Image: "Psyche Opening the Golden Box" by John William Waterhouse (1903)*
New Millennium Writings
28th Literary Award for Poetry
Della by name
died. Her remains
besides her graveyard bones
include one of two boxwoods she planted
sixty years ago in front of a porch
big enough to hold a rocking chair
where I, a child sitting on the plank steps
learned her rock-and-spit cadence that
sometimes, in the forward motion,
sent a stream of tobacco juice
past my ear to the ground.
Neglected for forty-five years
the hard-stemmed evergreen bush stood
stubborn while house collapsed
gardens returned to riot
unpruned shoots became old growth.
The solitary shrub takes me back
to her sanctuary of pendulum clock
and featherbed, of quilting frame
and wood stove, teacakes, apple cakes and
a small brown crockery vase
that sits now near the clock
in my own safe place.
On the porch when I was young
she let me try her snuff and laughed
like a local Baba Yaga
though not unkindly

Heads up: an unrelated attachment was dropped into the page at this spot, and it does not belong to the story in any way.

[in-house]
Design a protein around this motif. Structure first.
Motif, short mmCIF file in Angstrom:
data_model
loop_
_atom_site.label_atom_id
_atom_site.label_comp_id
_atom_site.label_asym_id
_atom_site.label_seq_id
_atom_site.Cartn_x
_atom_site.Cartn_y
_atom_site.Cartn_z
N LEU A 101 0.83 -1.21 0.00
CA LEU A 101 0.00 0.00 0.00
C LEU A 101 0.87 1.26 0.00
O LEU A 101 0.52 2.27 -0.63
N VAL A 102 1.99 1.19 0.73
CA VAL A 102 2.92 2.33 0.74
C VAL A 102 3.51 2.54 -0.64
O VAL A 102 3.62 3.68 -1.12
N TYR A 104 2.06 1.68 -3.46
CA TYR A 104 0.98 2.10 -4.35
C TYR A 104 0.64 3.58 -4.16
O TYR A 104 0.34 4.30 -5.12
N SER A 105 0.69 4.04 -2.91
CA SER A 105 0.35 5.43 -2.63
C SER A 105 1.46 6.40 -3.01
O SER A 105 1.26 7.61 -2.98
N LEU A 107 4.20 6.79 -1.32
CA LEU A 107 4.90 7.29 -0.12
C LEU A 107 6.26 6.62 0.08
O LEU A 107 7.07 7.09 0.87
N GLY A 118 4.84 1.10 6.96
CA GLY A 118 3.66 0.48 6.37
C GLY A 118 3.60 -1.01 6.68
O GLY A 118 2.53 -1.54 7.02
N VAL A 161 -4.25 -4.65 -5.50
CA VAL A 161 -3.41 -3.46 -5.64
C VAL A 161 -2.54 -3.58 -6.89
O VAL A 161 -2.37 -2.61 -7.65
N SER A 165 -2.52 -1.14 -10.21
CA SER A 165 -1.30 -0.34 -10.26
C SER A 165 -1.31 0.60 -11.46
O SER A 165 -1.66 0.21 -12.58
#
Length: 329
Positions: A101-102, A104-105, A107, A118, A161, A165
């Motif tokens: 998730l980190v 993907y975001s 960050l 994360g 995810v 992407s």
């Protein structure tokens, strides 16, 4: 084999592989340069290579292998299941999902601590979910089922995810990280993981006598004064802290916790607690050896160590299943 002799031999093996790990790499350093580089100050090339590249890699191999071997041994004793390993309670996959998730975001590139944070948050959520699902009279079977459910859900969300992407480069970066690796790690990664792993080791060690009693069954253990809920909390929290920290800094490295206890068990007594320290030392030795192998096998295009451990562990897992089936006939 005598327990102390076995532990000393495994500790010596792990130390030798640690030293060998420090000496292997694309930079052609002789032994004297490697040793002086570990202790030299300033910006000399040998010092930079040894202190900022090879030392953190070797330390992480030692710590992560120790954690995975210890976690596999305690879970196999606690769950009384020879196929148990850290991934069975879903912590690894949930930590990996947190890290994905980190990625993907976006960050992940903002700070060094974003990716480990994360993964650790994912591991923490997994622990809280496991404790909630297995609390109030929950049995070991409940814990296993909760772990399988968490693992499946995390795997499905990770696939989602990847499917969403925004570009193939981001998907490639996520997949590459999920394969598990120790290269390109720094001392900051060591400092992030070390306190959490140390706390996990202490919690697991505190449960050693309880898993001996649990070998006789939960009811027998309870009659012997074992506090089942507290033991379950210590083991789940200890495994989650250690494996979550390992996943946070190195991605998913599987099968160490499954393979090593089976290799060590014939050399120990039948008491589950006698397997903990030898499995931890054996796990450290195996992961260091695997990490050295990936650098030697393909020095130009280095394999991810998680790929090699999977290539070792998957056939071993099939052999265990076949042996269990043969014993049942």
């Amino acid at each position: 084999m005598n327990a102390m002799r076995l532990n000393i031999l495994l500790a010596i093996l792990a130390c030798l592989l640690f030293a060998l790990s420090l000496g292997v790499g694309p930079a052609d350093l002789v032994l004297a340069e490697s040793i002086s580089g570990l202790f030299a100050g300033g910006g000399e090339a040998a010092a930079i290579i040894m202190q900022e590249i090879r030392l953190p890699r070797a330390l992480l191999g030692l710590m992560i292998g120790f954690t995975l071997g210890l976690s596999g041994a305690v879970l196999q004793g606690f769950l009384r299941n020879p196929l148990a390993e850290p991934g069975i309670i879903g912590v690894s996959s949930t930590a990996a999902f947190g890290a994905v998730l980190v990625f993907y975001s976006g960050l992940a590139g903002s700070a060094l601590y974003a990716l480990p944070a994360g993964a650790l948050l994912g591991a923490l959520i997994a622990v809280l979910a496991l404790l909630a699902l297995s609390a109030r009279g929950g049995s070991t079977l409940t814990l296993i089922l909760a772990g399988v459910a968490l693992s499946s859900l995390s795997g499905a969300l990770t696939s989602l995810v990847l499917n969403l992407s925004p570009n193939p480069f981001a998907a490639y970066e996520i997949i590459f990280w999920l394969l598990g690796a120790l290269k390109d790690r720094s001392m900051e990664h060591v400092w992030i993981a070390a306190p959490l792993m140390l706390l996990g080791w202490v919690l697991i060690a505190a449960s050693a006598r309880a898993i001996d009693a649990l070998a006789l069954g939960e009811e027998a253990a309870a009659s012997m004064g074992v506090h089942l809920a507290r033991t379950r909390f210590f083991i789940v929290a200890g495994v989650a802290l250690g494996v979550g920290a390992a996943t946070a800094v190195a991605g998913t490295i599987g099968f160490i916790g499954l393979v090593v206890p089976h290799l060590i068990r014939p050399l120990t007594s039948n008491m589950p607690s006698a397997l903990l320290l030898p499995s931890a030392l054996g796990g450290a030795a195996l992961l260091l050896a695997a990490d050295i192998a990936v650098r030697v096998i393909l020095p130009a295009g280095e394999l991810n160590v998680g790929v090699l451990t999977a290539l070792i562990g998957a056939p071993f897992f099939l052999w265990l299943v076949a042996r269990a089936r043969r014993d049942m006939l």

when I threw up on the ground beside
that same boxwood bush.
In her back yard, next to the outhouse,
round black washpots stood beside
a woodpile. When rains came,
zinnia beds thrived
on compost tea that seeped
to all the roots, including mine.
I was long preoccupied
with her burial.
I dislodged her body
from roadside layers of stone
and on my shoulders carried her home
to decaying house
boxwoods that marked
her place on earth
and my first hints
that a carefully pruned life lacks
what the ragged boxwood shows
(when I could tell her truth
she let me go):
some things need to grow
Grim attention to the tidy turning out
of wildering bush or child
prevents those long and shaggy thoughts
that shape the soul.
Copyright 2009 by Barbara Knott
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*This media file, "Psyche Opening the Golden Box" by John William Waterhouse (1903), is in the public domain in the United States. This applies to U.S. works where the copyright has expired, often because its first publication occurred prior to January 1, 1923. Image effects have been applied.
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